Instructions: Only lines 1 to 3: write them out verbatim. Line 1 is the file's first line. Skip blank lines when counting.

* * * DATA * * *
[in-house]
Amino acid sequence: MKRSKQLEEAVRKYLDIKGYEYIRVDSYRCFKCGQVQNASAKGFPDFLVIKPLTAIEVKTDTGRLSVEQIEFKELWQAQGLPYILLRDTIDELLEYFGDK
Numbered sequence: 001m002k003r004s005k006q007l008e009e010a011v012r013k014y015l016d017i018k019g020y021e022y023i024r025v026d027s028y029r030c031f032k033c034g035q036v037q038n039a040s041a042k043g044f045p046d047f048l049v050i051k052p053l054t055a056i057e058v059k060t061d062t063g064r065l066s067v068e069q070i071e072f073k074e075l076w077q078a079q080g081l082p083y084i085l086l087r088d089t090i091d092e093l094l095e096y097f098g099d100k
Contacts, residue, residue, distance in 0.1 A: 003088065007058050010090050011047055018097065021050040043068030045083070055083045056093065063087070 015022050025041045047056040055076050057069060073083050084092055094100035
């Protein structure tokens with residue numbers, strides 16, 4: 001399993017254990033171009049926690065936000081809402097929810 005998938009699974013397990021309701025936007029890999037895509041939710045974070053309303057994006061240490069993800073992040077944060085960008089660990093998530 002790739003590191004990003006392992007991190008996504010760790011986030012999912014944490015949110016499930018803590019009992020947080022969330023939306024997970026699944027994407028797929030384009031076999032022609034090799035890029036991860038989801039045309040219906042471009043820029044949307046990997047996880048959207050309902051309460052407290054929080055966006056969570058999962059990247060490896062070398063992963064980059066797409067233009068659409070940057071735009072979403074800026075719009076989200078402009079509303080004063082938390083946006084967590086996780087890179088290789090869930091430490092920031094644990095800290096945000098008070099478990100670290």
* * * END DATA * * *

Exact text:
[in-house]
Amino acid sequence: MKRSKQLEEAVRKYLDIKGYEYIRVDSYRCFKCGQVQNASAKGFPDFLVIKPLTAIEVKTDTGRLSVEQIEFKELWQAQGLPYILLRDTIDELLEYFGDK
Numbered sequence: 001m002k003r004s005k006q007l008e009e010a011v012r013k014y015l016d017i018k019g020y021e022y023i024r025v026d027s028y029r030c031f032k033c034g035q036v037q038n039a040s041a042k043g044f045p046d047f048l049v050i051k052p053l054t055a056i057e058v059k060t061d062t063g064r065l066s067v068e069q070i071e072f073k074e075l076w077q078a079q080g081l082p083y084i085l086l087r088d089t090i091d092e093l094l095e096y097f098g099d100k